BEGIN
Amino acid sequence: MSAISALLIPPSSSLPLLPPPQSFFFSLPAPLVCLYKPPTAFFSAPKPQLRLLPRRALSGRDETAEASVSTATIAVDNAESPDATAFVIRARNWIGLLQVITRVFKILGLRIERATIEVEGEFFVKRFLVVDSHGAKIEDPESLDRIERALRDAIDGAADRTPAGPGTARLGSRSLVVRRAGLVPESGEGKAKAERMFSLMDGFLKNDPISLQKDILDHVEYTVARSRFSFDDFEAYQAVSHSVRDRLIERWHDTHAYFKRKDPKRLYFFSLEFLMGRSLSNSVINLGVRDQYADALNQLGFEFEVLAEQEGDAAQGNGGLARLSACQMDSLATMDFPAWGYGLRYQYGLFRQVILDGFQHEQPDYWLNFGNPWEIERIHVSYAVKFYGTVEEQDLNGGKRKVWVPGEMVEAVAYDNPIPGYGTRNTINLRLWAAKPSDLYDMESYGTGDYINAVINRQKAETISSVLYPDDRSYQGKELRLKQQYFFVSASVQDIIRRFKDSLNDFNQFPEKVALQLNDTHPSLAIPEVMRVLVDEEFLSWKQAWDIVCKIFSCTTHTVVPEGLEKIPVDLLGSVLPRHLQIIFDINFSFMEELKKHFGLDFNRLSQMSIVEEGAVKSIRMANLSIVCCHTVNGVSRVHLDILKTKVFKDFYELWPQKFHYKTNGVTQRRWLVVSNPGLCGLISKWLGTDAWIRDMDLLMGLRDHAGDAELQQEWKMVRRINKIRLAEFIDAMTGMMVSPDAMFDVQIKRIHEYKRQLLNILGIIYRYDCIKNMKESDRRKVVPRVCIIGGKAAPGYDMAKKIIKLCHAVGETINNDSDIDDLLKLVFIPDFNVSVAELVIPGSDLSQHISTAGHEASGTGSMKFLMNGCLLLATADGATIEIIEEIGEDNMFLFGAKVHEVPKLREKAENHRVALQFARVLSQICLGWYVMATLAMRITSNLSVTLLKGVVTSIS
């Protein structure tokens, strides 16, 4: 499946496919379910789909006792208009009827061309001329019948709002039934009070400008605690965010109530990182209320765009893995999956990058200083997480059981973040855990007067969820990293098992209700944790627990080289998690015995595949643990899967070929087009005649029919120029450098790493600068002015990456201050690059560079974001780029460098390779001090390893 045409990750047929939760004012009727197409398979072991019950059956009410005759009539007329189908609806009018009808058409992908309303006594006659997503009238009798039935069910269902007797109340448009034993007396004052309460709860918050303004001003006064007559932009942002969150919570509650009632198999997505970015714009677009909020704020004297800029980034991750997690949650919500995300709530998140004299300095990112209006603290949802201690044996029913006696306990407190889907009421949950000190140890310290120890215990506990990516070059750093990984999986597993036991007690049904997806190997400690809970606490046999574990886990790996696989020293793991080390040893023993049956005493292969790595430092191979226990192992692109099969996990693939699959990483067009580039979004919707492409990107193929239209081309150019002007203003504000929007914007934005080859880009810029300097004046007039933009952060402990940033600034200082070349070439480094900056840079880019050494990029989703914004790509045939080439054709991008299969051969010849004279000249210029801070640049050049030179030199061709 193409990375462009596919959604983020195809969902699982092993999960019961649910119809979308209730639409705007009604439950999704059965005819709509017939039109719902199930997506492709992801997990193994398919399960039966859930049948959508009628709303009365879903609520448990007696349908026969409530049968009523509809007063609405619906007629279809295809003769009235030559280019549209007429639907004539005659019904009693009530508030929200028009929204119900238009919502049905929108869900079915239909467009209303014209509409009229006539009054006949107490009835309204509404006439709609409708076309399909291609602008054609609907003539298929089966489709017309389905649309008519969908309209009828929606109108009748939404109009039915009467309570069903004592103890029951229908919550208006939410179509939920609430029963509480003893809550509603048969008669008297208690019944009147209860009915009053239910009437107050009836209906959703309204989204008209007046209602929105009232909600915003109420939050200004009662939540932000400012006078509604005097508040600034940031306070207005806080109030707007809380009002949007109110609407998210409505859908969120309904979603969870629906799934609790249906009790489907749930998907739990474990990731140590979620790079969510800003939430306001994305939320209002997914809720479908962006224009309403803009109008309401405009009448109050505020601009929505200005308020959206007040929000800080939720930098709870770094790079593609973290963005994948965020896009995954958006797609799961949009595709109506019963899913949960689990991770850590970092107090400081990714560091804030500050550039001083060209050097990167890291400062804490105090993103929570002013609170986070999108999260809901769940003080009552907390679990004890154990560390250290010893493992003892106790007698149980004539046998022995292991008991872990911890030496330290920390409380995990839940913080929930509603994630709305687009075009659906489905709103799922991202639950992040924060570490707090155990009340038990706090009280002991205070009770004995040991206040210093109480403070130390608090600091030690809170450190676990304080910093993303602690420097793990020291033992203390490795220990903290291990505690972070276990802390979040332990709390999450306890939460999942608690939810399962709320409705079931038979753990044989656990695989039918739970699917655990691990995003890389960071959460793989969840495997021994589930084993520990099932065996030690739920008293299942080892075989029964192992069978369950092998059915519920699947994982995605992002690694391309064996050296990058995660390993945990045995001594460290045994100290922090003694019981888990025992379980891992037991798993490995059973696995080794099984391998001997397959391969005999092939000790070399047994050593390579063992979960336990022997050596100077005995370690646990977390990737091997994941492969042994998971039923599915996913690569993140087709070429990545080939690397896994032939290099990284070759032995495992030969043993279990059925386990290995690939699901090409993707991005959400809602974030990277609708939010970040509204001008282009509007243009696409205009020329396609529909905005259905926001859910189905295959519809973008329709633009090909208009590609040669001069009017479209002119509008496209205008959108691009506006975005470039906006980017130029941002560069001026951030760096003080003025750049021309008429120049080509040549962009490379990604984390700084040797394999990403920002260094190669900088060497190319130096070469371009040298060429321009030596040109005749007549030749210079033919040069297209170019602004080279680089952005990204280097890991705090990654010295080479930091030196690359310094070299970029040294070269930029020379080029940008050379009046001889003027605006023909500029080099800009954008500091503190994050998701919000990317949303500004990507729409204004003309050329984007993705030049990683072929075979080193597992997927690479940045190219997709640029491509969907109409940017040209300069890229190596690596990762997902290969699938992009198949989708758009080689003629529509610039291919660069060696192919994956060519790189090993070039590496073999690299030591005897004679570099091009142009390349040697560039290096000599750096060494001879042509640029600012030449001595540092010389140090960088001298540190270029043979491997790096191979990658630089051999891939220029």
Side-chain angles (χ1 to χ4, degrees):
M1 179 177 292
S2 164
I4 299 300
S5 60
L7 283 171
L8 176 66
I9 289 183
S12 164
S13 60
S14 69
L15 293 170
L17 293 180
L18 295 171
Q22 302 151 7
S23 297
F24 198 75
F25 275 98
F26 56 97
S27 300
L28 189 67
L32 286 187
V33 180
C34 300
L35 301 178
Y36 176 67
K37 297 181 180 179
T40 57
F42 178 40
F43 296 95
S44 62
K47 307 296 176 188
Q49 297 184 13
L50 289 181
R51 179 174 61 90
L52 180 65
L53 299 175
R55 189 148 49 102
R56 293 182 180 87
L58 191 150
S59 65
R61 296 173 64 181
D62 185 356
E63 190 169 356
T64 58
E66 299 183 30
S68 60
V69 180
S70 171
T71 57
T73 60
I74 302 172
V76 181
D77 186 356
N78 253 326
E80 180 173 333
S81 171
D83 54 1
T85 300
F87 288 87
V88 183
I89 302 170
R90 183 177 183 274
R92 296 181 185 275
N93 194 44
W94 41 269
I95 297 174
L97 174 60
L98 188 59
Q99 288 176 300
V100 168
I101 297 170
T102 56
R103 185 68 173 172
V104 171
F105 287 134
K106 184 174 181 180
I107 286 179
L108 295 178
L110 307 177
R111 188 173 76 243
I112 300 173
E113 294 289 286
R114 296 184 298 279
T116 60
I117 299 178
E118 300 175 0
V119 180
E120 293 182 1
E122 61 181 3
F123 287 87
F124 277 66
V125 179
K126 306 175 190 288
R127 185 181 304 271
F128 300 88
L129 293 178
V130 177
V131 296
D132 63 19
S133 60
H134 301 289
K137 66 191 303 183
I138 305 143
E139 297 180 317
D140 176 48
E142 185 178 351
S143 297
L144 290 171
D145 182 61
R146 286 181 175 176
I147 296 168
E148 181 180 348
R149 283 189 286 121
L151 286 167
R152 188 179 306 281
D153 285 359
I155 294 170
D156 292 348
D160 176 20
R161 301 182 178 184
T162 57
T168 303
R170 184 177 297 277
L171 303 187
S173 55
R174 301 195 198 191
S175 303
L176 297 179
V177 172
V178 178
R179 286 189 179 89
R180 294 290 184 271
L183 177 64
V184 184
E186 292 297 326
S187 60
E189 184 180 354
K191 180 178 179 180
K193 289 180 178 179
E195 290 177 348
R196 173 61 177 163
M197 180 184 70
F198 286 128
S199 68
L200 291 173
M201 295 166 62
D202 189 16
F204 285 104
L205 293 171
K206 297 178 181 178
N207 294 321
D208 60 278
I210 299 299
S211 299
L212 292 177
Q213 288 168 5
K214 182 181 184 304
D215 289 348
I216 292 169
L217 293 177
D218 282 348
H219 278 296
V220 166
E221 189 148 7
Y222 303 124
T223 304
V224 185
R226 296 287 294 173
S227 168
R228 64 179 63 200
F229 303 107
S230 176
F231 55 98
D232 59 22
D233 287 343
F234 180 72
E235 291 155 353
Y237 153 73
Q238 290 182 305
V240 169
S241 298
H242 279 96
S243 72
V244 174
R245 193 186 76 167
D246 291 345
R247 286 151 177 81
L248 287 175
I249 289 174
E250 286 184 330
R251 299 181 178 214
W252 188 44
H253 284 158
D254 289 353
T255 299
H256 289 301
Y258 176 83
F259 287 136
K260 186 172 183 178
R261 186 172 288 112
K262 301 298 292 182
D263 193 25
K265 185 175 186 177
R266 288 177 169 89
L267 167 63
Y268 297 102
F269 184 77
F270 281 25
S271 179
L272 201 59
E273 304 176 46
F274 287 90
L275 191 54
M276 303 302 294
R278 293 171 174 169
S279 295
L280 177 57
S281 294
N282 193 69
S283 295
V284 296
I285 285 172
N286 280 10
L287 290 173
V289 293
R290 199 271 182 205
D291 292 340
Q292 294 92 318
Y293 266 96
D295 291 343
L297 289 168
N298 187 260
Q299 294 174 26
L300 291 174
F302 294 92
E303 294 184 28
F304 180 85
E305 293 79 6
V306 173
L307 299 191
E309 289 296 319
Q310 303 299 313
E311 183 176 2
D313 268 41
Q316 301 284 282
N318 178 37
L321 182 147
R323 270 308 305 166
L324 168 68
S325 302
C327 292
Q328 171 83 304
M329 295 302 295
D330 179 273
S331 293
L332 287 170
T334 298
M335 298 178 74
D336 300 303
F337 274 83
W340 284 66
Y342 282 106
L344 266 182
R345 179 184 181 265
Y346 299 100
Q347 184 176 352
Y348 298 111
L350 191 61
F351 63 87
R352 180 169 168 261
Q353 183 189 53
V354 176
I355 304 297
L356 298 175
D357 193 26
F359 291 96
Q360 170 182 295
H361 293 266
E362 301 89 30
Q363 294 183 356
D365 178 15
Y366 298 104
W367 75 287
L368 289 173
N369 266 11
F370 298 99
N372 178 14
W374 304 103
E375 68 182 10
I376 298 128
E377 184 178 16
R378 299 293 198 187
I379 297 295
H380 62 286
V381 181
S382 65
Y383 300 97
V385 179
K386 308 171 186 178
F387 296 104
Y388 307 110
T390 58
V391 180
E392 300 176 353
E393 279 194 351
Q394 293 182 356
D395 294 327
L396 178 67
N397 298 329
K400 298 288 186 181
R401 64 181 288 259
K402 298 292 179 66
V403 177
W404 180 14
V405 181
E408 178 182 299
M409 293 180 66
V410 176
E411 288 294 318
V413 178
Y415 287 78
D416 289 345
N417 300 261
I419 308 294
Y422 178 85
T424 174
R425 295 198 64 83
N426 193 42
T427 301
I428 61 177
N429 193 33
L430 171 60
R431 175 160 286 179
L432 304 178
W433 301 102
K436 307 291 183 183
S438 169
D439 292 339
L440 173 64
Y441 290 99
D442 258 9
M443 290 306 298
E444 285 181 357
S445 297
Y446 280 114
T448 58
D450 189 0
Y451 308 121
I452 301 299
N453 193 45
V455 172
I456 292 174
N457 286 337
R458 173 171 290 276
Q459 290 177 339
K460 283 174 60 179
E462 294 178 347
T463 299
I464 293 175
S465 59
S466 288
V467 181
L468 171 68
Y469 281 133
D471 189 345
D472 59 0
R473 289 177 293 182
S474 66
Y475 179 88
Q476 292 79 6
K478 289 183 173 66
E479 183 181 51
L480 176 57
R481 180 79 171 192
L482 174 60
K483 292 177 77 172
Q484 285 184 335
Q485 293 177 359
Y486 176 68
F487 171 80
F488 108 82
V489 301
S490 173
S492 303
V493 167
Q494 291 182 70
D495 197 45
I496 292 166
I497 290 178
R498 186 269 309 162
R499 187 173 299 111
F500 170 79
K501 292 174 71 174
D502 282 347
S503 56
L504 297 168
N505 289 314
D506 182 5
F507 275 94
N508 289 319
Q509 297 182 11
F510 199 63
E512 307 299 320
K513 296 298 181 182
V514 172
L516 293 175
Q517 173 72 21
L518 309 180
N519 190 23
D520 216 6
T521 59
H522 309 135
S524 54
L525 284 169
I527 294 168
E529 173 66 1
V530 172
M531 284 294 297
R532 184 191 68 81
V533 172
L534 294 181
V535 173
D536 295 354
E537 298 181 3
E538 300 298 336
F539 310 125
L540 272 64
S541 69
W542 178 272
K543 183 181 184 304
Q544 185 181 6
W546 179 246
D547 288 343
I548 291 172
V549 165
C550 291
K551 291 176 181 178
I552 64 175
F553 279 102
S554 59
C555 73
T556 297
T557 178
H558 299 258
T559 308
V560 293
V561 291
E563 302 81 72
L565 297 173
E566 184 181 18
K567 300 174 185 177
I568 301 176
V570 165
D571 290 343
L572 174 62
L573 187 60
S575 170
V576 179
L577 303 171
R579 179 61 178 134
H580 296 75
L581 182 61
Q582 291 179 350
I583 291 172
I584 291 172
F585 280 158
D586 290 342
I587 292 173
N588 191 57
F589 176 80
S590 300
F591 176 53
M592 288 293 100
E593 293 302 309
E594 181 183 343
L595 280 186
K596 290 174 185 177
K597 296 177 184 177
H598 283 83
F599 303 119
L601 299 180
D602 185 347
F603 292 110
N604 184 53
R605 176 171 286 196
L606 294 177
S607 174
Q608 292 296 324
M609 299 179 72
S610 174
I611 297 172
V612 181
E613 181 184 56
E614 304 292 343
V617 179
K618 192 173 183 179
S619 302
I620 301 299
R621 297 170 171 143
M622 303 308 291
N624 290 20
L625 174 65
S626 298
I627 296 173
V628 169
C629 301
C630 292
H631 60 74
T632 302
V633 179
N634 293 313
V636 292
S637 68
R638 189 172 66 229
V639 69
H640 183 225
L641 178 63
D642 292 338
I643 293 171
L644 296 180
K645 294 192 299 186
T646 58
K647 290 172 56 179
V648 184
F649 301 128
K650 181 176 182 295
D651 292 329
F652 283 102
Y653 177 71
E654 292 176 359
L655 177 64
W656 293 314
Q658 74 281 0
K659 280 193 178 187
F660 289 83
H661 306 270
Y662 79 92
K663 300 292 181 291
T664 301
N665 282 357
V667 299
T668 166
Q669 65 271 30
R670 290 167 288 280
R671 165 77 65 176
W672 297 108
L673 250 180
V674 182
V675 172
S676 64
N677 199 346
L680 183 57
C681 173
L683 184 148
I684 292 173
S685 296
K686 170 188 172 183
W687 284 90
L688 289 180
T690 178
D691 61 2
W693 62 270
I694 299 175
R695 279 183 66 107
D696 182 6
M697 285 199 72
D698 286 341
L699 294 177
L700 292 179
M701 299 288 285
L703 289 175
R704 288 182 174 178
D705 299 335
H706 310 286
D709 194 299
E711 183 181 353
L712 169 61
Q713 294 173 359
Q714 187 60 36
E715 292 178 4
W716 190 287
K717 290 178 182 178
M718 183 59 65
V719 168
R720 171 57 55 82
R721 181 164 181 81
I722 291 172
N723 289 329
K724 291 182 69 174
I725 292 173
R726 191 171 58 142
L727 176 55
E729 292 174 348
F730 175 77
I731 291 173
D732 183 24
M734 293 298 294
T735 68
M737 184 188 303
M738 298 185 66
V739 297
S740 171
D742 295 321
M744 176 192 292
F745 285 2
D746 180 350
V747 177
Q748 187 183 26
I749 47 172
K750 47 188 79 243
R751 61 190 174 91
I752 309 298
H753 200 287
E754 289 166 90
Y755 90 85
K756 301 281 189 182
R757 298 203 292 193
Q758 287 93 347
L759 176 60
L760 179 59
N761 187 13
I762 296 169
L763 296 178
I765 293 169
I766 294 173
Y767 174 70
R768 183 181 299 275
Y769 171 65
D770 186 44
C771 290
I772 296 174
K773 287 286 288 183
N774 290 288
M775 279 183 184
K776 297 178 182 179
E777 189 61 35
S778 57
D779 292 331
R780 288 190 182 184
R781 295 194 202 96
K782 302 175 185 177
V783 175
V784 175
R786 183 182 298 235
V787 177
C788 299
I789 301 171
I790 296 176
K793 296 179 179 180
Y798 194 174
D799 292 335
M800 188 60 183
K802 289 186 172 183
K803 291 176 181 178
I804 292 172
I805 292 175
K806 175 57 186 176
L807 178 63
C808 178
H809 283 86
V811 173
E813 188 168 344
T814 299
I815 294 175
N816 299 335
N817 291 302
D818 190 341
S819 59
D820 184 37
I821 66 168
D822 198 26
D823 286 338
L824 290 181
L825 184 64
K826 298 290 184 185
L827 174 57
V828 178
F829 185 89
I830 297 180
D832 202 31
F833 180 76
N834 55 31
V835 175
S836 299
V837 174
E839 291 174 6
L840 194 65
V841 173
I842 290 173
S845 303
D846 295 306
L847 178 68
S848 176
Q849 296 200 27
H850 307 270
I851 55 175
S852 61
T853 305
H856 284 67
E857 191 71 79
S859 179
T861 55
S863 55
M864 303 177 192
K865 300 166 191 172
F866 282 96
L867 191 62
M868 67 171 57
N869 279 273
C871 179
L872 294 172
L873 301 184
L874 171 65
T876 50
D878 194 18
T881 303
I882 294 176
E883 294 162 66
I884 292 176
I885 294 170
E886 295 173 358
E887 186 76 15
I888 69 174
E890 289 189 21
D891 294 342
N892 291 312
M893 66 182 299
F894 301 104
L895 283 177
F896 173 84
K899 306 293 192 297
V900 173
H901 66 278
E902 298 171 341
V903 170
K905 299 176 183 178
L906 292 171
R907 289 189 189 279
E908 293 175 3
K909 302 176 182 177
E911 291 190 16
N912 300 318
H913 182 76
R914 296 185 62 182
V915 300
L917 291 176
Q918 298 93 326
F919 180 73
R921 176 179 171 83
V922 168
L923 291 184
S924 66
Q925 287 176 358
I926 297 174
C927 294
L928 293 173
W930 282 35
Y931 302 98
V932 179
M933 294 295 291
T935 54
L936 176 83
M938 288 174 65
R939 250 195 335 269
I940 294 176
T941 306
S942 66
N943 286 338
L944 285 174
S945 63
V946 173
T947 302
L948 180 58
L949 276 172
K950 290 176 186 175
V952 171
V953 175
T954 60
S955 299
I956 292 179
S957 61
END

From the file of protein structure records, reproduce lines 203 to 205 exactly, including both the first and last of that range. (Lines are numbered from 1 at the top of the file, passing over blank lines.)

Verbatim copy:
R261 186 172 288 112
K262 301 298 292 182
D263 193 25